Image source: www.businessdestinations.com/
Before setting up in New York and Milan in the autumn, Decoded Fashion is heading East – on 9 July, we will be partnering with Condé Nast Japan to host our first Tokyo Summit. Bringing together the biggest names in luxury, fashion and retail technology in Japan and from the UK and the US, the day will see brands, publishers and technology start-ups presenting their case for how fashion can engage with tomorrow’s consumer in a digital world.
With founders and execs from Google, the Business of Fashion, Farfetch and AllSaints due to attend, some of the industry’s most successful storytellers will be bringing key insights to Tokyo – but what about the home-grown talent in the city? In Tokyo, where investors have been cautious to get behind start-ups, the beginnings of a retail technology scene have been slow to get up and running. But the scene has gained serious momentum in 2015, with exciting trends from the technology world colliding with the needs of retailers and consumers alike.
Here’s our rundown of the top trends coming out of Japan right now – and, if you’re local, you can book tickets to the summit here.
Social Media as E-Commerce? Line Got There First
With news of Instagram and Pinterest’s plans to make their platforms shoppable hitting the radar this month, it might surprise you to know that a popular Japanese messaging app got there first.
Big in Japan, Thailand, Taiwan and other Asian countries, Line’s initial launches were commerce-led pilots such as flash sales and a consumer-to-consumer standalone marketplace app, Line Mall. Last summer, Line Shop was launched – a standalone app that connects bricks-and-mortar and online brands with users. Earlier this year, the chat app even moved into delivering groceries in Southeast Asia, promoting various deals for the delivery of online-to-offline goods via the messaging app.
Tying the various shopping pilots together, Line Pay is the app’s payment service, allowing users to make payments via the chat app itself – spearheading the trend that companies like Facebook and Snapchat are now experimenting with.
Isetan Department Store is Embracing the Apple Watch
Alongside high-end, trendsetting stores Colette Paris and London’s Dover Street Market, Tokyo’s Isetan department store was among the first to sell the Apple Watch in April – further confirming the tech giant’s new edge when it comes to luxury strategy. Isetan has gone one step further by building a store specifically for the watch on the ground floor, nestled between Cartier and women’s high-fashion clothing.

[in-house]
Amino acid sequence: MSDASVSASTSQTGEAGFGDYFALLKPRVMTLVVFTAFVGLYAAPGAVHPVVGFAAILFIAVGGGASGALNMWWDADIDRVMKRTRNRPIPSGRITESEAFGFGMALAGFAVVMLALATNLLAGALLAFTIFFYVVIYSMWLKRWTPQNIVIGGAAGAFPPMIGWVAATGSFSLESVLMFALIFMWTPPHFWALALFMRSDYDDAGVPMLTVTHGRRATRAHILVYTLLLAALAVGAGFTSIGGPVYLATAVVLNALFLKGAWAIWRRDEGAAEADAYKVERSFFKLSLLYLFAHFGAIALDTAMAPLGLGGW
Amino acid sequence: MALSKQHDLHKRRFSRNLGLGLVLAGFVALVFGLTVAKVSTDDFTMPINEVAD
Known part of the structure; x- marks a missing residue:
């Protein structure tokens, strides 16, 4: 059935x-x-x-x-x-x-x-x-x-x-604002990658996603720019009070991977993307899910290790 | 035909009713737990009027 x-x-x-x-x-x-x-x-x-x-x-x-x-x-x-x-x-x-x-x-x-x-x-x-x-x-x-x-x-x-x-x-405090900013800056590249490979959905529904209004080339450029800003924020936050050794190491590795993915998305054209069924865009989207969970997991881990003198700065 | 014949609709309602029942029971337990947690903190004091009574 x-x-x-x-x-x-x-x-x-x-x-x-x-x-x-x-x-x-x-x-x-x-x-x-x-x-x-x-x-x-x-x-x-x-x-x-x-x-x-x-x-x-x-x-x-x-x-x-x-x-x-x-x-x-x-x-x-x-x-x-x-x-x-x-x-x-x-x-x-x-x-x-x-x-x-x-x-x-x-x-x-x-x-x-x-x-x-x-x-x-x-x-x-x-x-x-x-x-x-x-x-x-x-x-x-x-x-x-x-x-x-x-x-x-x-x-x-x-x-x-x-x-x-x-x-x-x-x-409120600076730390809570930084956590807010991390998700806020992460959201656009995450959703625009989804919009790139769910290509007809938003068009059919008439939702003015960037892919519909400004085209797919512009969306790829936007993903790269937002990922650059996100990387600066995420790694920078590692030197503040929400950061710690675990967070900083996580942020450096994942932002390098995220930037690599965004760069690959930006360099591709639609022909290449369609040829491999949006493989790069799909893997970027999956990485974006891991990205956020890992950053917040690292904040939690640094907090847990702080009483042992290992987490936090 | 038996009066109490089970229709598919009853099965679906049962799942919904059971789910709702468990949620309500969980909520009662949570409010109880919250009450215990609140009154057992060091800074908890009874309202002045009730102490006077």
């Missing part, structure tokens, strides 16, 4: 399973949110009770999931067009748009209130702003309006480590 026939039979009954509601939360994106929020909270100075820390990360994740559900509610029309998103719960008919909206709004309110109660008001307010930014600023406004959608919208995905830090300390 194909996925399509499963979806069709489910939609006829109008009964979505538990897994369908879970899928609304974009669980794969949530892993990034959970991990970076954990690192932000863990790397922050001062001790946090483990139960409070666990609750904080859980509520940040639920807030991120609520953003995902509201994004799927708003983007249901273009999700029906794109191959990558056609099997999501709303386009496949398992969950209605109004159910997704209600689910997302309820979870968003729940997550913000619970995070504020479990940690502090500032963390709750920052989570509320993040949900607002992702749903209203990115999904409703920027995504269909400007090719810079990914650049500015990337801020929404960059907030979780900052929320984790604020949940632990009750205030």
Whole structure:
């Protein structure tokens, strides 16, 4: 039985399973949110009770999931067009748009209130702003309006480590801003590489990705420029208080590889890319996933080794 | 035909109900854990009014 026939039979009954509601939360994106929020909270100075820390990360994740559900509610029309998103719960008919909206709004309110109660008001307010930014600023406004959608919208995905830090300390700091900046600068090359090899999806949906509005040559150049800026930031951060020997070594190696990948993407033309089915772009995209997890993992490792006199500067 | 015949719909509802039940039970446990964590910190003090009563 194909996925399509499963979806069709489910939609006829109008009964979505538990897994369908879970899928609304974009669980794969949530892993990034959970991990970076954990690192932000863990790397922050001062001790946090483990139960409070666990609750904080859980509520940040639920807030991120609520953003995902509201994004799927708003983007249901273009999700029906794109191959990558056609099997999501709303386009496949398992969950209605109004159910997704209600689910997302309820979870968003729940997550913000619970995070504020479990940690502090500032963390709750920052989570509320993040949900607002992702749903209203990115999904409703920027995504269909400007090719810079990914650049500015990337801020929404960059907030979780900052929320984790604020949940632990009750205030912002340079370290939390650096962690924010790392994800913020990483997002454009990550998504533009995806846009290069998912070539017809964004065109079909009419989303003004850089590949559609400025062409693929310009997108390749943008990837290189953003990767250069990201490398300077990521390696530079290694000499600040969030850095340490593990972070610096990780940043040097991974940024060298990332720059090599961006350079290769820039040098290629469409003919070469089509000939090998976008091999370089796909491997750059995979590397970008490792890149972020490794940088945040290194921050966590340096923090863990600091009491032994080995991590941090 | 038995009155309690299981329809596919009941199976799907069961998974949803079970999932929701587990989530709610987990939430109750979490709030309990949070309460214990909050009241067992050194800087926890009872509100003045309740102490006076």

Elsewhere in Japan, mobile carrier SoftBank will also sell the Apple Watch through its stores – but for the luxury gold editions, the trend-setting Isetan is the retail destination of choice. Catch Isetan’s president and CEO Hiroshi Onishi in conversation with Imran Ahmed (Business of Fashion) at the Tokyo Summit, where they will discuss the changing face of retail today.
M-Commerce has a Tokyo Trailblazer
New start-ups in Tokyo are beginning to disrupt the status quo on the retail scene, and one m-commerce company has recently hit the headlines for receiving the equivalent of $13.3m in series B funding.
Origami, which has attracted more than 800 retailers to its platform since launching in April 2013, pioneers an online-to-offline model that allows retailers to bridge the digital and physical spaces of their shops. The mobile app allows users to follow retailers, receive updates on new items and, ultimately, purchase products in-app or in-store.
With new investment from SoftBank Group, the app will utilise the parent company’s CouponGATE technology, allowing retailers to distribute vouchers for product vouchers or discounts via physical voucher-issuing machines. Catch founder Yoshiki C. Yasui at the Tokyo Summit.
Meet Pepper the Robot
Also making an appearance at the Tokyo Summit, Pepper the Robot is Japan’s latest robotic star – except this one can be yours for 198,00 yen, or around £1,000. Developed by Softbank, it completely sold out in under a minute when it went on sale over the weekend. Why is everyone so excited? Pepper can detect human emotions such as anger, joy and sadness – check out our 4ft-high attendee for yourself at the summit next month.
Reported by Claire Healy